In this post I’ll cover the journey we took to extract detailed cost information from network flow logs and present it in an interactive dashboard.
I hate home router hardware. I really do. So I set out on building a replacement — without spending any money.
I was looking for something that I could use to log in to my desktop over a not so good WAN link and ended up forking Chromium.
Have you you ever wanted to deliberately slow down your network to test your web service over a flaky connection? You can do it with netem, the Network Emulator. It’s built right in to the Linux kernel.
I took some time off between jobs. Among the things I did with my down time, I set up a secondary monitor for an IP camera system. Here is how it works.
Have you ever found yourself frantically trying to un-commit some enormous binary file you’ve accidentally checked in to version control? Or perhaps you’ve made the mistake of committing your AWS root credentials? Enter the BFG.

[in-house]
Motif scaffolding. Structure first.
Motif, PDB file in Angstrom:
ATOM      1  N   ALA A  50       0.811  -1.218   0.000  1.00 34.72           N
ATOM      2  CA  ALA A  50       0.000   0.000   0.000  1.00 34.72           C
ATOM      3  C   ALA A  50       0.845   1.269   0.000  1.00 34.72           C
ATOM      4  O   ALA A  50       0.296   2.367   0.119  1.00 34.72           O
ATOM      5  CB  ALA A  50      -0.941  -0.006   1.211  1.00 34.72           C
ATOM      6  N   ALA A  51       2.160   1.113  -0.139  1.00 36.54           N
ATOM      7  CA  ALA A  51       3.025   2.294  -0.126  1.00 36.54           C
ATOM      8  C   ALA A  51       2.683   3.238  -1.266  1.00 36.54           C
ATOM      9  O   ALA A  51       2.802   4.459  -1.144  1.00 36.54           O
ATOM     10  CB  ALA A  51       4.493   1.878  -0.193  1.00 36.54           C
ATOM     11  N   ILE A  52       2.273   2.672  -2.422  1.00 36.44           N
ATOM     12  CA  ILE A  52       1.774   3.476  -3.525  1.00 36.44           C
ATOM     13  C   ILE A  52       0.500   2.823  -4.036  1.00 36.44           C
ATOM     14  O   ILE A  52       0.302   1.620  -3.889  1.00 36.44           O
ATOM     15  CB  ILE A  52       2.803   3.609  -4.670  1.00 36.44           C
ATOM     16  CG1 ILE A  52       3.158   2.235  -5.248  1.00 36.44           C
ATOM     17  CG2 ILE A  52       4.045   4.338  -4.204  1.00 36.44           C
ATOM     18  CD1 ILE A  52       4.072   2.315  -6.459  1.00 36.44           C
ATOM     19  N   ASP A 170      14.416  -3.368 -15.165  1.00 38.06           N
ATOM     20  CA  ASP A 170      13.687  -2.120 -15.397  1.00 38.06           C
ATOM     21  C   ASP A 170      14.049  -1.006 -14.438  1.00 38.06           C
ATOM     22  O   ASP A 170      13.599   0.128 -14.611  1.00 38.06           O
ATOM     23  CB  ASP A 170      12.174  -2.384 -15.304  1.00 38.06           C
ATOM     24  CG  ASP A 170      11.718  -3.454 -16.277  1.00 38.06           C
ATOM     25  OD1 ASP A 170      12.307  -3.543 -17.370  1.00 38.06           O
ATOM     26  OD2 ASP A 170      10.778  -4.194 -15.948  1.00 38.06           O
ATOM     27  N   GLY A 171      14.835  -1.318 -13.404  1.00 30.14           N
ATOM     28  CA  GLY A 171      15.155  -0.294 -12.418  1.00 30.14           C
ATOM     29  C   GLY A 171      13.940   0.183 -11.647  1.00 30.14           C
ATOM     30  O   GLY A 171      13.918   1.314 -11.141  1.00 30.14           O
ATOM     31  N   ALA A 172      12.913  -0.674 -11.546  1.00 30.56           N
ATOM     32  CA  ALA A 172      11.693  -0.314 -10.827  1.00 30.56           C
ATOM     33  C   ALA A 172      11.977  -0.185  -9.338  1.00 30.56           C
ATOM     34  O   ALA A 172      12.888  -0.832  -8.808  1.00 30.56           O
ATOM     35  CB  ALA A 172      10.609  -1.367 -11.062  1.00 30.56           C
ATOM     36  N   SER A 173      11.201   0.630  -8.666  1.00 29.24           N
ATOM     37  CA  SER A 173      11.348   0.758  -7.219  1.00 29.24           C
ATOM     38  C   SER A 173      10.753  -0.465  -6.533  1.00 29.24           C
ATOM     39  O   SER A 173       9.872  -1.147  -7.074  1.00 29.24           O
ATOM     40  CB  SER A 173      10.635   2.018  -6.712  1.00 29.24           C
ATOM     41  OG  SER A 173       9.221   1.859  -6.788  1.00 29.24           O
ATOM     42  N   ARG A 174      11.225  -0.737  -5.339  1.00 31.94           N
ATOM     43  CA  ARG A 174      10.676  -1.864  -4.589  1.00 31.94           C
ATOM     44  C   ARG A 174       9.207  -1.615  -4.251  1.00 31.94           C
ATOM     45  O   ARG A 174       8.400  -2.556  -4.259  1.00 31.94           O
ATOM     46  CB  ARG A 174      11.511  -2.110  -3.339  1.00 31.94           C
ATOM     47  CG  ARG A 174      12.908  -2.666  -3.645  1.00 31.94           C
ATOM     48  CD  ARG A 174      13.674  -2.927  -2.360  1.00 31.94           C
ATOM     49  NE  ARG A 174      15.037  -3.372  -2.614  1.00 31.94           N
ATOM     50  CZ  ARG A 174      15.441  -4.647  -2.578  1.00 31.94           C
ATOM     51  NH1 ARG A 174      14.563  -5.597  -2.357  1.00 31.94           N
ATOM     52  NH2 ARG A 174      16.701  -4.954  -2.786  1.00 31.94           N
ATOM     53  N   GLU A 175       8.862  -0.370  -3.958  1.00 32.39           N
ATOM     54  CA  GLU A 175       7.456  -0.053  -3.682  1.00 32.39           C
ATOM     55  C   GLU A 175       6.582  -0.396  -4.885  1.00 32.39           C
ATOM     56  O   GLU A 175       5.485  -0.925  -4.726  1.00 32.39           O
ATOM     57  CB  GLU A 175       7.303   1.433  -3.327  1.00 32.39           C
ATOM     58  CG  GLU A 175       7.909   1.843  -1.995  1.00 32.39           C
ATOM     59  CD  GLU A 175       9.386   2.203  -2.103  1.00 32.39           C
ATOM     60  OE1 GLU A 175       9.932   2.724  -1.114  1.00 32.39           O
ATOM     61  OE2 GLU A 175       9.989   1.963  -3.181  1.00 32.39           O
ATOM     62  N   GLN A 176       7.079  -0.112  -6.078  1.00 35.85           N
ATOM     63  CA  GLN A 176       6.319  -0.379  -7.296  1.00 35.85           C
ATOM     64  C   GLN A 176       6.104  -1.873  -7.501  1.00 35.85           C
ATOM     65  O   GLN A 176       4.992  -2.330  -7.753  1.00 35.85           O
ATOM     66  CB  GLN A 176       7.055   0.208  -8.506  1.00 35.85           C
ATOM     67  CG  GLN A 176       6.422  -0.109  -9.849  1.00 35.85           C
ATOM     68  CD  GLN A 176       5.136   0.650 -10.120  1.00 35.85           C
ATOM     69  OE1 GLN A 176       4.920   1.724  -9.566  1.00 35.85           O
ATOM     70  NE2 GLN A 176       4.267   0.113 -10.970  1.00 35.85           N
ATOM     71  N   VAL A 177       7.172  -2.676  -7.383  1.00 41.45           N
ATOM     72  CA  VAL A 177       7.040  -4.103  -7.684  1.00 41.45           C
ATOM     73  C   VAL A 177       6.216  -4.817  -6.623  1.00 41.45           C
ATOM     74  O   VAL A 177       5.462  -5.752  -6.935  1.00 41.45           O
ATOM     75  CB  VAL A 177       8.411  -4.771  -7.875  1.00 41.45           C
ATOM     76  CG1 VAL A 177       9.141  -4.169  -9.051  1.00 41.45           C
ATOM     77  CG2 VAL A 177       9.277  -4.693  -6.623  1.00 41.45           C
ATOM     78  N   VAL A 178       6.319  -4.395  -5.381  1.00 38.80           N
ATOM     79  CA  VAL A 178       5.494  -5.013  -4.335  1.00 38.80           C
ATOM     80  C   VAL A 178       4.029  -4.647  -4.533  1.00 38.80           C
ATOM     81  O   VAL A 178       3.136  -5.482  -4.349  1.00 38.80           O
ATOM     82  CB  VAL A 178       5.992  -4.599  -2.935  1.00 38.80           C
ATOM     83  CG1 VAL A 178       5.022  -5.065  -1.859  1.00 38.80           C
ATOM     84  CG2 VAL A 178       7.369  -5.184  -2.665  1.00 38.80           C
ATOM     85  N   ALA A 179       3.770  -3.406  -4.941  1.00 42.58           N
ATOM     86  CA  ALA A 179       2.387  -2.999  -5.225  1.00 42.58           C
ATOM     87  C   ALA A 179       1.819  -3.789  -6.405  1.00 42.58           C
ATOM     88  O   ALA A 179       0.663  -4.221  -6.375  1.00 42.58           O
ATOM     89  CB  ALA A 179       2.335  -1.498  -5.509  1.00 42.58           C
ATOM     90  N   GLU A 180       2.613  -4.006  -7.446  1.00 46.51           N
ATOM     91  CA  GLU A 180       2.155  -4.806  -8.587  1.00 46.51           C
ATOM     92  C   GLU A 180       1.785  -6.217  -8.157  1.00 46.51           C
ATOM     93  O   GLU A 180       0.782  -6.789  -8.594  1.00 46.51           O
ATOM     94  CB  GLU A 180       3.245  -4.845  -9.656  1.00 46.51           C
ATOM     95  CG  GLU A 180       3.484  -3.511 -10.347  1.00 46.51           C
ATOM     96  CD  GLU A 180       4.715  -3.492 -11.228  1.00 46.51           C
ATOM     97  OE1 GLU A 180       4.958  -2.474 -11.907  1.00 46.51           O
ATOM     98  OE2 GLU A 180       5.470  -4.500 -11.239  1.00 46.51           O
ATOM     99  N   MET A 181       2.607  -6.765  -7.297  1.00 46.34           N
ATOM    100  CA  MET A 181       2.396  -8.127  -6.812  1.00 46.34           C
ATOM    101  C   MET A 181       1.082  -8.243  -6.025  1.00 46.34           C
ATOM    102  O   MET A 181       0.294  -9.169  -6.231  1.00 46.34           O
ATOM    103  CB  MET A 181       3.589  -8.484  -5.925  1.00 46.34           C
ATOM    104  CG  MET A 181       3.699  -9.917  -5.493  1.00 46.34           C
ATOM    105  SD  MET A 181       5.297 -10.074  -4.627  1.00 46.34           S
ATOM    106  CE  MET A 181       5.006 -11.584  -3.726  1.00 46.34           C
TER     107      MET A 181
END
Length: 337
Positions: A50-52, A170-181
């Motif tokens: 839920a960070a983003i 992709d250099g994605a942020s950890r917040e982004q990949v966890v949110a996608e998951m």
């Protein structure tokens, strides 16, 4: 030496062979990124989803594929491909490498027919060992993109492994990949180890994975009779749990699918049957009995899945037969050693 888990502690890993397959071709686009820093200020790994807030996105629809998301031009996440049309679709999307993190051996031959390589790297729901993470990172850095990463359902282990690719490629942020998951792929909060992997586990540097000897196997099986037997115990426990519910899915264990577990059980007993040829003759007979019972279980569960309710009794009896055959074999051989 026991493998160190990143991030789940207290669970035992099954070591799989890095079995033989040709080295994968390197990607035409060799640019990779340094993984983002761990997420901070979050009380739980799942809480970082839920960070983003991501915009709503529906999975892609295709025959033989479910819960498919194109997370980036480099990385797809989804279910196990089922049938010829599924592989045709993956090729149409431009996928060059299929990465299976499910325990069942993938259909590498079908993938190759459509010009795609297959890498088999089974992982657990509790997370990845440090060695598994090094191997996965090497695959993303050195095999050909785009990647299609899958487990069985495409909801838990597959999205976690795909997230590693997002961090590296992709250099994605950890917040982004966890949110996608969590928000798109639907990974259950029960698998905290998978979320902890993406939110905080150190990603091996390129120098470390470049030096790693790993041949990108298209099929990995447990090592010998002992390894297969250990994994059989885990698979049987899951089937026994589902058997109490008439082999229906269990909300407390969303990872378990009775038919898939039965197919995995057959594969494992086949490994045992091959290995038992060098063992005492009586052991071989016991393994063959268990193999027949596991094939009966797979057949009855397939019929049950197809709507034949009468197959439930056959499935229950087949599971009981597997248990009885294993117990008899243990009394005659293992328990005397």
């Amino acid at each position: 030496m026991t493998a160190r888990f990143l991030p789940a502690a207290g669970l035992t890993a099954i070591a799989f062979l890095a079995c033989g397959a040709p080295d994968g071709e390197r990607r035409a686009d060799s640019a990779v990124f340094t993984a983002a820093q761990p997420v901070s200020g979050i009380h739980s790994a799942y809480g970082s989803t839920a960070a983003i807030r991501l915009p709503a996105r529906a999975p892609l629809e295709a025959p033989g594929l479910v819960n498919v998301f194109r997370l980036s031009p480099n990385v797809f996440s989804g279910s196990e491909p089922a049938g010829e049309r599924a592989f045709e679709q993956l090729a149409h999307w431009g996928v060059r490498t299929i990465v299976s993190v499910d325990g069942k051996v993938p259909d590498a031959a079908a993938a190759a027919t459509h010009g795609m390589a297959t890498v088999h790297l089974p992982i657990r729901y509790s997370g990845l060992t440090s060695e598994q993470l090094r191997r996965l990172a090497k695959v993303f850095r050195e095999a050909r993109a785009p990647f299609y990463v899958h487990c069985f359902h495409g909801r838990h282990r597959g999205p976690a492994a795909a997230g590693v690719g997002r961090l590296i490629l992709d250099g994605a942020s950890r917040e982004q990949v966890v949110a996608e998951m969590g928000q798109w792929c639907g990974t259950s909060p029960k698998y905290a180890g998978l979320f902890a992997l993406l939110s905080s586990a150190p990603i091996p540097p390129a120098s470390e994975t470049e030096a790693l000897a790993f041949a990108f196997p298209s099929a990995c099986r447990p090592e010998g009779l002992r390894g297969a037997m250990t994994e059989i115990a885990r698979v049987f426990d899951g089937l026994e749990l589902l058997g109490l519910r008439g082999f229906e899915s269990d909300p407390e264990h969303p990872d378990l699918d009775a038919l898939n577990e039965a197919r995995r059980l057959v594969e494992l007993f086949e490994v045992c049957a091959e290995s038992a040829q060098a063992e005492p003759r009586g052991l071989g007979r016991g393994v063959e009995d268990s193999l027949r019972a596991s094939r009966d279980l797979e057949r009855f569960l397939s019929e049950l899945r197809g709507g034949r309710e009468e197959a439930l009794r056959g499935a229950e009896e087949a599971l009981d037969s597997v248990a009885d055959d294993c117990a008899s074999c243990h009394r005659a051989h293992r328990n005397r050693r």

We have a PostgreSQL database server that stores a bunch of product catalogs. It weighs in at around 2 TB. The vast majority of the time, this data is just sitting there on SSD provisioned storage, waiting to be accessed by a batch indexing job.
GitLab has a lovely feature that can bring up a Kubernetes cluster and install build runners on it with a single click. But you can’t tweak it.
This one took me a while to figure out.
What began as an investigation into a very stubborn intermittent error turned into a write-up on how to squeeze the most out of your Kubernetes deployment.